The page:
A cold numbness. A sweet, cold numbness, filling her hands. At first her fingers prickled with sensation, but soon they submitted and the cold received them. She wished the numbness would take her completely. Let her sink into its depths, its empty, cold depths… Her hands clenched the reins tighter, and slowly the numbness began to spread up her forearms, up to her tight chest where her breath, shallow and weak, fought for room. She felt the pain yielding to its emptiness. A long breath dared to raise her chest and then let it fall, slowly, causing a flush of forgetfulness up her neck to her head. Her thoughts were sinking from the horse, the pain, to the coldness… where they could fade away. A weakness weighed on her, and slowly all she was aware of was the darkness…

Again, I believe this qualifies for the proficient stage, with some improvements on the previous version. This version made the woman's experiences more personal and direct. One of my editors once explained that using "she felt" and "she heard" filtered the story through a character's perspective, and made it less intense for the reader. I enjoyed writing this scene, although it was about a woman giving birth (which at the time I had not experienced and now do not wish to remember.)

Current Revision

“They are coming!”
The door to the cottage slammed shut with a gust of winter air.
“They have come for the children!”
Commotion swept through the house. Bodies rose from their rest and began gathering supplies.
“We have to get them out of here,” a cloaked man stated, wrapping one of the infants in a blanket.
“Where will we take them? The babies will freeze in this cold.”
“We have to take the chance,” the cloaked man said, casting his gaze on the second infant, still asleep in her mother's arms. “They are claiming it is a curse.”
The rustling of cloth and supplies ceased. With sorrow on her face the new mother looked down to the sleeping babe.
“We need to split up. Gifij and I will take her, Dornata and Philip can...”
“Dornata isn't well enough to travel,” an elder woman interrupted.
“You must take our child, Philip,” the mother's weak voice vibrated in the silence. “It is she they are after.” Tears came to her eyes and she held the infant close. Soft breaths in her ear, she pressed warm skin against hers. “Sleep now, brave one. Let no trouble find you.”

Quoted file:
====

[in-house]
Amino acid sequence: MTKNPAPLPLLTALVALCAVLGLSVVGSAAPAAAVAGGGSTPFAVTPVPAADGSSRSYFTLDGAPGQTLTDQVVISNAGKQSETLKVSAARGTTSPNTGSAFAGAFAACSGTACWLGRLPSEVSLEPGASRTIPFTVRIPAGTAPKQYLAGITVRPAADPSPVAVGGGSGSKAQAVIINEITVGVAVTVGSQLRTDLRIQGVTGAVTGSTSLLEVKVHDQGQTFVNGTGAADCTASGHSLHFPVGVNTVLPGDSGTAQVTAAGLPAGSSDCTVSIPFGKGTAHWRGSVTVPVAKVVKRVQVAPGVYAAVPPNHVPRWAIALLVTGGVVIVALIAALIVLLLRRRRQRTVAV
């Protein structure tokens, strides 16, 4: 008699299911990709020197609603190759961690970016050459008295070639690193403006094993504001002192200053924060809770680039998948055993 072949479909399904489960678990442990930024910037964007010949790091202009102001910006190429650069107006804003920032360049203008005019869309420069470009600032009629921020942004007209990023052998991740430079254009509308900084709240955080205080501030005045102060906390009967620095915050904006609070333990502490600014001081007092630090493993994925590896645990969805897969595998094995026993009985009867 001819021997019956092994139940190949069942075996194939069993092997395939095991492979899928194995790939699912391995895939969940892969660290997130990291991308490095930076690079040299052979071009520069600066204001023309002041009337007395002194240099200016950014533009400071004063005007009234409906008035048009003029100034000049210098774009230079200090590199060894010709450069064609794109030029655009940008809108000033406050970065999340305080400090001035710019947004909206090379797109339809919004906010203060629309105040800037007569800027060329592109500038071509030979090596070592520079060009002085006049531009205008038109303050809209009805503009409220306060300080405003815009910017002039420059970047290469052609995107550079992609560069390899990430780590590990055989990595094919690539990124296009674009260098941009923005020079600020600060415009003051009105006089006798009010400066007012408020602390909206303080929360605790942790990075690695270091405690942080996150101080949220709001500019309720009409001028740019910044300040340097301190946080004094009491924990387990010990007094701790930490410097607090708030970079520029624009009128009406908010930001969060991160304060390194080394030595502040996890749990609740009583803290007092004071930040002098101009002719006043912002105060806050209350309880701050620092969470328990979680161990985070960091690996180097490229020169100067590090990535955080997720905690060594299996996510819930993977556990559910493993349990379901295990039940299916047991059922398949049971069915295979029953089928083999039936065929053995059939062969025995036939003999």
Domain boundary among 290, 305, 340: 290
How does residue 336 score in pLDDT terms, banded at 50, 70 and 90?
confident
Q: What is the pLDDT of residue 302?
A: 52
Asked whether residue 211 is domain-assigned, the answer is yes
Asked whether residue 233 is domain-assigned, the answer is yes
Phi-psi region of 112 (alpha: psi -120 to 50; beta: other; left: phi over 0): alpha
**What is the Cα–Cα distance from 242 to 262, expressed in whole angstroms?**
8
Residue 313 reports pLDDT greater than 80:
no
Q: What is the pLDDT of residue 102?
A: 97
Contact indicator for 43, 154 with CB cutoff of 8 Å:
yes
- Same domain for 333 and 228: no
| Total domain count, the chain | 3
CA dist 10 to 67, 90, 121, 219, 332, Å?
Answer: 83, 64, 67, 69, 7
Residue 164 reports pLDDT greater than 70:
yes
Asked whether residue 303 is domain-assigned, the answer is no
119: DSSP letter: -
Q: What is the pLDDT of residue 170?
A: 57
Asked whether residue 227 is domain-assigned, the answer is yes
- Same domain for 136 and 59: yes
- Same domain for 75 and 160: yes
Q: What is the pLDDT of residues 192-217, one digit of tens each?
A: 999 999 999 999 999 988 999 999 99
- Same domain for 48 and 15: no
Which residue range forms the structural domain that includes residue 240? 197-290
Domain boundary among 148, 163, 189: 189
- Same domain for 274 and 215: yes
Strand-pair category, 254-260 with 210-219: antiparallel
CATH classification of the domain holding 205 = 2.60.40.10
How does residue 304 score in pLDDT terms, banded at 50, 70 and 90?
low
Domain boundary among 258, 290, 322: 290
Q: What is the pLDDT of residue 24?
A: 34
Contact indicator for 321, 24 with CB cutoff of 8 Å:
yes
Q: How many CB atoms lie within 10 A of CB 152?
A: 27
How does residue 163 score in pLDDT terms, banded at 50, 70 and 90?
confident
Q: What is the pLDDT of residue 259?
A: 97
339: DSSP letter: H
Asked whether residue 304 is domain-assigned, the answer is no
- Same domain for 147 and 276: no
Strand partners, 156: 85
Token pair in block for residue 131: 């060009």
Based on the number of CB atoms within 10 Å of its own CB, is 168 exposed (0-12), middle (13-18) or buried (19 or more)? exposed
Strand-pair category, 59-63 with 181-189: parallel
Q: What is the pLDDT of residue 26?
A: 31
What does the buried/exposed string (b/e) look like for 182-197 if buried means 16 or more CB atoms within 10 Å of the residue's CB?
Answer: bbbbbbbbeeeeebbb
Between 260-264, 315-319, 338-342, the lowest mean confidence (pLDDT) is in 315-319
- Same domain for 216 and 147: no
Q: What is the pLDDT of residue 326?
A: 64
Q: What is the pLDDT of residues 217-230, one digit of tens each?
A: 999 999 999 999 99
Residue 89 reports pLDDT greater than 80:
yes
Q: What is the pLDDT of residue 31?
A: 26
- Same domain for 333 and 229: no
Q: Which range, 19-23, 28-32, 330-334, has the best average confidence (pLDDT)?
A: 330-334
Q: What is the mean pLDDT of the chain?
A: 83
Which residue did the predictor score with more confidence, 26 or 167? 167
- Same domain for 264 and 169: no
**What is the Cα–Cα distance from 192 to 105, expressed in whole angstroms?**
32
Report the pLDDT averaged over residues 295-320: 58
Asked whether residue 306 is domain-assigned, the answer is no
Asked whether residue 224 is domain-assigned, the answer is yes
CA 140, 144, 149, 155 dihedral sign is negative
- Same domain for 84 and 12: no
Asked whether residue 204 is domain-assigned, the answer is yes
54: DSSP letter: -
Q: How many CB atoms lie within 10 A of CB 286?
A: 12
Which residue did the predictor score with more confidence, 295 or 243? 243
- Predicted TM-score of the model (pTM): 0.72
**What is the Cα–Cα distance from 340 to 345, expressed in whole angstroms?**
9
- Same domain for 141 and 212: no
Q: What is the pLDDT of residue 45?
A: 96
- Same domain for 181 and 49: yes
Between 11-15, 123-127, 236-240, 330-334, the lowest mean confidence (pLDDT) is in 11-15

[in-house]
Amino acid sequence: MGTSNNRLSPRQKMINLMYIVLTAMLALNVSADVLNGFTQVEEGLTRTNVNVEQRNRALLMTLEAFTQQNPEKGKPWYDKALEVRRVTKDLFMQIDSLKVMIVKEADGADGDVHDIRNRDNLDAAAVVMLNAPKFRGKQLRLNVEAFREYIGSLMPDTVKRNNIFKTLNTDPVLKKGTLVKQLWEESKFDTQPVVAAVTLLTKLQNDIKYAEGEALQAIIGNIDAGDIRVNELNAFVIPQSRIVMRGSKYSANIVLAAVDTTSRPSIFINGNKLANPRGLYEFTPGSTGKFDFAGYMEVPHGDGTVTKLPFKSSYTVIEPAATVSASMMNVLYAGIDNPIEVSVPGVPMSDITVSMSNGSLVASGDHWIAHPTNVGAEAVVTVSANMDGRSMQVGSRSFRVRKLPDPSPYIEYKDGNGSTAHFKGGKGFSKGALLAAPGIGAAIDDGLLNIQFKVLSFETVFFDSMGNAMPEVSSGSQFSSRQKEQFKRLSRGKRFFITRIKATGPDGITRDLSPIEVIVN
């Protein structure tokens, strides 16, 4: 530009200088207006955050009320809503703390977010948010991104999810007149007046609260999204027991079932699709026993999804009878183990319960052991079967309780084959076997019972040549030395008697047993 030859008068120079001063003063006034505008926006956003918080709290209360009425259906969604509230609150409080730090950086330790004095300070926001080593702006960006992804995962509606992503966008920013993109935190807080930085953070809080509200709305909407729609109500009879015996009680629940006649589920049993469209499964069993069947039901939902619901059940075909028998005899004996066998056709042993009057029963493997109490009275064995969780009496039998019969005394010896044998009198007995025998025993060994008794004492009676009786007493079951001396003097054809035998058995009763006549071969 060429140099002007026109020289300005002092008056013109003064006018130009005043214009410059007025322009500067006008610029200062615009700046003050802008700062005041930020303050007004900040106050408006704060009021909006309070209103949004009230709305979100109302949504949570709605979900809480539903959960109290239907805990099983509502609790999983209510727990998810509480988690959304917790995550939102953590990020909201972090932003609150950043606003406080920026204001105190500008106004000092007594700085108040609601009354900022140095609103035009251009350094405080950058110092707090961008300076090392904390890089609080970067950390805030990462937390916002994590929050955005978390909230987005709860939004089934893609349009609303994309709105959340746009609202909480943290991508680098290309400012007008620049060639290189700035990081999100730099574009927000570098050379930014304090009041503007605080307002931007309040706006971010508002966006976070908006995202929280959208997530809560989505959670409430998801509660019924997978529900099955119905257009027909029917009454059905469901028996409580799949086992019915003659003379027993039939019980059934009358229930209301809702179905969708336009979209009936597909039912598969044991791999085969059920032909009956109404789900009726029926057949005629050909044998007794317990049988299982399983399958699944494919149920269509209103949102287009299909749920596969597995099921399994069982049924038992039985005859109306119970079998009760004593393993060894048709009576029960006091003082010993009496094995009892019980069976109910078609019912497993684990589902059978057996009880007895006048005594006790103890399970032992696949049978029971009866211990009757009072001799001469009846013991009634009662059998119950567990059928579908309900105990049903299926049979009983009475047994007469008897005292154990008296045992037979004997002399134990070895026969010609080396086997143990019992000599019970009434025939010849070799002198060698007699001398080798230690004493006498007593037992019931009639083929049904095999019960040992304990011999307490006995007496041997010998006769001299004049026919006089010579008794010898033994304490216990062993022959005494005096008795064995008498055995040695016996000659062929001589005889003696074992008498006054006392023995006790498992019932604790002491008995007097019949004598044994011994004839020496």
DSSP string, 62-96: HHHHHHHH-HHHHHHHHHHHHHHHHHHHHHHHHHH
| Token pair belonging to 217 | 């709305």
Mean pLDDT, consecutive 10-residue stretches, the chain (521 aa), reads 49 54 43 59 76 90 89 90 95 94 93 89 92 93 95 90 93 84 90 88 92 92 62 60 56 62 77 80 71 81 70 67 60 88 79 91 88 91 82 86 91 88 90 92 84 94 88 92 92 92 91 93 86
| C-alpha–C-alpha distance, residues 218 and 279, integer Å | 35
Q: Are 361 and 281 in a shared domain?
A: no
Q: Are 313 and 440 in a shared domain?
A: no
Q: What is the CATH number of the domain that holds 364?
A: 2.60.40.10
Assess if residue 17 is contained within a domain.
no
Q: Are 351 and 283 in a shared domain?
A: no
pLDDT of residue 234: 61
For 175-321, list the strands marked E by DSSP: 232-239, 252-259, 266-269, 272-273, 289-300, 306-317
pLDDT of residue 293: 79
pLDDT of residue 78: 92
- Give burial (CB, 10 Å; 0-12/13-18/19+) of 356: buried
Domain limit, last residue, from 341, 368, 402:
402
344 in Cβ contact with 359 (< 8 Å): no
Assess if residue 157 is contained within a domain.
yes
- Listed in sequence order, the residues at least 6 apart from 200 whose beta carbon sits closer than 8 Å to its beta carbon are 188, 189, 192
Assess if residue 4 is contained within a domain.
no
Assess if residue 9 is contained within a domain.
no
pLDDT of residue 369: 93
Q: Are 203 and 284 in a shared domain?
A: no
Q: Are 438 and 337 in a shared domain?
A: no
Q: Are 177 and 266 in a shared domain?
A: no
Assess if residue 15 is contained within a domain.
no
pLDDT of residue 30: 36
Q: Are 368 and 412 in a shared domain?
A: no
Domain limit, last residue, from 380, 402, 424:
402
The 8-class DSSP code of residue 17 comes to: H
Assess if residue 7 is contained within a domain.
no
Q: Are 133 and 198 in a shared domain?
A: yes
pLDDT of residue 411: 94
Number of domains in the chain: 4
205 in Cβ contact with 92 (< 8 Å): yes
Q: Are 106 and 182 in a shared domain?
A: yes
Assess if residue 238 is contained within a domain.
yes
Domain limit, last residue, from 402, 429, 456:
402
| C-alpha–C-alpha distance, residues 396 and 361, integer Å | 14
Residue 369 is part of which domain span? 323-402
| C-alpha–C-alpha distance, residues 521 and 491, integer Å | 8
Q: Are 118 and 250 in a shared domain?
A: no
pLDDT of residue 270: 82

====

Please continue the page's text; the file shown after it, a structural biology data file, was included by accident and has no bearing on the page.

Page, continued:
Not any better or worse than the previous version, this revision was a necessary for the plot. I decided to start the story after the babies were already born, actually returning to how it was written in the original version. This version does start the story in mid-action, which is quite a change from previous attempts. I made the decision to write the first lines of the book like I would any other line from any chapter. Some authors begin their story with an initial set-up, which several of my all-time favorite novels do, but personally I don't believe it is necessary to have a successful start to your book.

There you have it, the good, the bad, and the ugly. Return for other lessons I have learned on my journey as an author.

More to come! Please comment below with your own thoughts or questions - I would love to hear from you. Also find me on Facebook:

Danielle Raver |

Wednesday, November 16, 2011

Introduction to Evolution of a Novel

For years I have wanted to undertake this project. Now that I am a senior editor at a publishing company I believe I have some expertise on the subject of novel writing and editing.

Using my own journey as an author, I am in a unique position to provide feedback and advice to authors. A single story has journeyed with me on my evolution as a writer. I have kept all of the versions of this story, from the good, to the bad, to the ugly. Over the years the story matured, and is now becoming a publishable novel.

On this website I will be offering some of the lessons I learned as my journey as a writer. It is not an easy journey, but if you are considering becoming an author yourself, I hope to have at least something useful to share with you.

I love to meet new authors. Message Danielle Raver on Facebook.